Different types of tablets

Increasingly tablets are being made which are suitable for patients who cannot swallow normal tablets. These are listed below with examples provided.

Dispersible or effervescent tabletsare designed to be added to water just prior to swallowing. They are frequently quite large and can contain large amounts of sodium. The size prevents patients from taking many of them, which is helpful for soluble paracetamolproducts for instance however the sodium content can cause problems in patients where sodium intake is restricted.

Sub-lingual tablets are designed to be dissolved under the tongue, are rapidly absorbed through the tongue and therefore work quickly. This is why some tablets for the treatment of angina pain and others for general pain are formulated in this manner. The disadvantages are that they require sufficient saliva production and due to quick absorption are more likely to cause side effects and are more quickly removed from the body.

Buccal tablets are intended to be placed on the gum or in the cheek to allow the drug absorbed. Because the medicine can be held for a longer period of time on the gum, medicines which need to be released at a slower rate than sub-lingual tablets can be given via this route. This route is used for anti-nausea drugs and nicotine replacement gums. Anti-nausea medicines are particularly suitable for buccal administration as the nausea itself can cause swallowed tablets to be vomited and therefore rendered ineffective.

Melt tablets are placed on the tongue and are designed to dissolve directly in the mouth's saliva. The contents are then swallowed with saliva and consequently water does not have to be administered with these medicines. This is particularly useful in patients who are at risk of aspiration and therefore unable to swallow tablets with water concurrently.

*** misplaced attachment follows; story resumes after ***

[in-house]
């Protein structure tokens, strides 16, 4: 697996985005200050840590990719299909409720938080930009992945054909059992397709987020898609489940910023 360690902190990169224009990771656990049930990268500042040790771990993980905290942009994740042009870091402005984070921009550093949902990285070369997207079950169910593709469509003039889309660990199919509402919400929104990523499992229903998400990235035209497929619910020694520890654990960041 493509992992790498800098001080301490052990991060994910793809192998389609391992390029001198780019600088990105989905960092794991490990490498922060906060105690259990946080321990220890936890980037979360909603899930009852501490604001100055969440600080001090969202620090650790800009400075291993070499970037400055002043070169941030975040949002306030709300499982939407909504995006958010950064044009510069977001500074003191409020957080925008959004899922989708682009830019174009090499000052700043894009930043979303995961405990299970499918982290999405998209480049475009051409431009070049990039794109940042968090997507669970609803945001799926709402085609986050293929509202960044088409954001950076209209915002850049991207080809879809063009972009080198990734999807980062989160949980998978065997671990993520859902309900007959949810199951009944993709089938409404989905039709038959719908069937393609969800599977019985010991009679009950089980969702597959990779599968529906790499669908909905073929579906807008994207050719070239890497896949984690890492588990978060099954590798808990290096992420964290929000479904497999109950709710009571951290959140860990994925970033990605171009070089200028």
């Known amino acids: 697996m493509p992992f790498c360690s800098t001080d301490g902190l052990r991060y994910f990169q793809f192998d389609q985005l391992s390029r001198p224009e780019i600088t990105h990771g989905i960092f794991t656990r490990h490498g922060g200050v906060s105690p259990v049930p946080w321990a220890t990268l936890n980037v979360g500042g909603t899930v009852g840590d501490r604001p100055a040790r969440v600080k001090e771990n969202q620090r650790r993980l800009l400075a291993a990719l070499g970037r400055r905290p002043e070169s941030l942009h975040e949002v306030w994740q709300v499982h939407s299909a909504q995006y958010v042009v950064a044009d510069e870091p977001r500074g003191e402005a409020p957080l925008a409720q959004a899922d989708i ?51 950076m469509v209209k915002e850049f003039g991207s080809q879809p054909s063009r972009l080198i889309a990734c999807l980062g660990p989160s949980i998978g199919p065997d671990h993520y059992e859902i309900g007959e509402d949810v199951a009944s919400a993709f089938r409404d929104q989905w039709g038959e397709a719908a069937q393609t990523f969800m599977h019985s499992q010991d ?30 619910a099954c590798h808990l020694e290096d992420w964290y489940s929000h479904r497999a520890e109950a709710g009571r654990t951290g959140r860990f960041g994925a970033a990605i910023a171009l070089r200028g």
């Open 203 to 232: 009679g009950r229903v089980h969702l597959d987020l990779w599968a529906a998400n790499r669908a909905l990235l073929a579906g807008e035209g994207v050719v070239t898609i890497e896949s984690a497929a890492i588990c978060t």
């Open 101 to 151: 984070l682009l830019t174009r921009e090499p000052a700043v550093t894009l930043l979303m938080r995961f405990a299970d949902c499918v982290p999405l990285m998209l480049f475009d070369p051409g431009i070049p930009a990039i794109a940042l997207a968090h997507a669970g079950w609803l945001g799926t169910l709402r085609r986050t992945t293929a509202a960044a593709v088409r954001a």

Oro-dispersible tablets are similar to melts and are designed todisperse in the mouth and to be washed down with saliva. As with sub-lingual, buccal and melts, oro-dispersible products require an adequate amount of saliva production. Some oro-dispersible tablets consist of coated granules and therefore it is not appropriate to crush the oro-dispersible product prior to dispersion.



Yesterday the students of the University attended the lecture on the theme “Ointments”. If they had not come to this lecture yesterday they wouldn’t know about the ointment basis, usage and package now.

A professor said that ointments are soft, semisolid preparations usually containing medicaments and are intended to be applied externally to the body or to mucous membranes. There are several types of ointment basis. Ointment basis containing animal fats, vegetable oils or hydrocarbons such as petroleum jelly or liquid petrolatum are designated as oleaginous basis. A base consisting primarily of a mixture of animal sterols with petrolatum jelly is classified as an absorption base. Ointment bases which are prepared from the higher ethylene glycol polymers and are soft, waxy solids similar in consistency to petroleum jelly are known as a water soluble type.

Based on their penetration, ointment bases have been placed into three classes: epidermic (petrolatum, waxes, and their combinations), endodermic (vegetable oils, wool fat, lanolin and their combinations) and diadermic (emulsions and water soluble bases).

Until recently, ointments and ointment type products were packaged in glass, stoneware, porcelain, polyethylene, or plastic wide-mouth jars. Since a large area of the ointment was exposed to the effect of air, those ointments containing easily oxidized medicinal were packaged in collapsible metal tubes. These containers did not take into account such factors as ease of application, cleanliness, contamination from an infected area or with foreign materials, maintenance of sterility, oxidation waste due to the method of application on, and stability.

And also the professor said that if they use the aerosol containers (metallic, glass, or plastic) tomorrow during their practice it will give the following advantages: 1.the method of application is convenient, fast and efficient; 2.since the medicinal is applied directly from the container to the effected area of the skin there is no waste through the use of an applicator; 3.there is no danger of contamination of the product.

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